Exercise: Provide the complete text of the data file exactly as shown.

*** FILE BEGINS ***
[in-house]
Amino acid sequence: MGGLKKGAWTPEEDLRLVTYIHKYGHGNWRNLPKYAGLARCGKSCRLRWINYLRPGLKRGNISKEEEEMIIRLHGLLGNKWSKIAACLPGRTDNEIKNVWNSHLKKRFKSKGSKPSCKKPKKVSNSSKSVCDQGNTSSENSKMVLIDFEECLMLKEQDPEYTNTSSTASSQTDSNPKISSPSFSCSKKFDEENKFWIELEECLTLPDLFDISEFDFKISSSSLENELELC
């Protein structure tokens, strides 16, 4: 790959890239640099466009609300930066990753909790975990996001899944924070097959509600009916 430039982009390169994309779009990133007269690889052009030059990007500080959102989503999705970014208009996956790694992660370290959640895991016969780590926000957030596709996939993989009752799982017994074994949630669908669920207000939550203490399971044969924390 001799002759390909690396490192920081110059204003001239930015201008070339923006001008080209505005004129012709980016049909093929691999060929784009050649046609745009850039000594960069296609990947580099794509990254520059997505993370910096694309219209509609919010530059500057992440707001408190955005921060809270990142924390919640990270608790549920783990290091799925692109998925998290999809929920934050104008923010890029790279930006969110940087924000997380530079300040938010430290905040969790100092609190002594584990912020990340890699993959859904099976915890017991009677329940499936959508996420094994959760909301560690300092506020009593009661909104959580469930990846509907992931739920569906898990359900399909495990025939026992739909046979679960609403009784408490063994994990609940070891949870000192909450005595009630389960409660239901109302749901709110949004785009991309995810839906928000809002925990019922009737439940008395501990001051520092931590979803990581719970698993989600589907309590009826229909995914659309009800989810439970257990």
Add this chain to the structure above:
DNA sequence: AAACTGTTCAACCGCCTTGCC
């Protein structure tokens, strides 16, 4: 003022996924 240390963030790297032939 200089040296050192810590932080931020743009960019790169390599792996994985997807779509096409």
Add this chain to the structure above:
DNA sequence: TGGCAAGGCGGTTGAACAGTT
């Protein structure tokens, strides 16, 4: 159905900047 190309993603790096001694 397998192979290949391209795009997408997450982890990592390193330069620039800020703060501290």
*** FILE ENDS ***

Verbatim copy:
[in-house]
Amino acid sequence: MGGLKKGAWTPEEDLRLVTYIHKYGHGNWRNLPKYAGLARCGKSCRLRWINYLRPGLKRGNISKEEEEMIIRLHGLLGNKWSKIAACLPGRTDNEIKNVWNSHLKKRFKSKGSKPSCKKPKKVSNSSKSVCDQGNTSSENSKMVLIDFEECLMLKEQDPEYTNTSSTASSQTDSNPKISSPSFSCSKKFDEENKFWIELEECLTLPDLFDISEFDFKISSSSLENELELC
């Protein structure tokens, strides 16, 4: 790959890239640099466009609300930066990753909790975990996001899944924070097959509600009916 430039982009390169994309779009990133007269690889052009030059990007500080959102989503999705970014208009996956790694992660370290959640895991016969780590926000957030596709996939993989009752799982017994074994949630669908669920207000939550203490399971044969924390 001799002759390909690396490192920081110059204003001239930015201008070339923006001008080209505005004129012709980016049909093929691999060929784009050649046609745009850039000594960069296609990947580099794509990254520059997505993370910096694309219209509609919010530059500057992440707001408190955005921060809270990142924390919640990270608790549920783990290091799925692109998925998290999809929920934050104008923010890029790279930006969110940087924000997380530079300040938010430290905040969790100092609190002594584990912020990340890699993959859904099976915890017991009677329940499936959508996420094994959760909301560690300092506020009593009661909104959580469930990846509907992931739920569906898990359900399909495990025939026992739909046979679960609403009784408490063994994990609940070891949870000192909450005595009630389960409660239901109302749901709110949004785009991309995810839906928000809002925990019922009737439940008395501990001051520092931590979803990581719970698993989600589907309590009826229909995914659309009800989810439970257990």
Add this chain to the structure above:
DNA sequence: AAACTGTTCAACCGCCTTGCC
């Protein structure tokens, strides 16, 4: 003022996924 240390963030790297032939 200089040296050192810590932080931020743009960019790169390599792996994985997807779509096409």
Add this chain to the structure above:
DNA sequence: TGGCAAGGCGGTTGAACAGTT
């Protein structure tokens, strides 16, 4: 159905900047 190309993603790096001694 397998192979290949391209795009997408997450982890990592390193330069620039800020703060501290």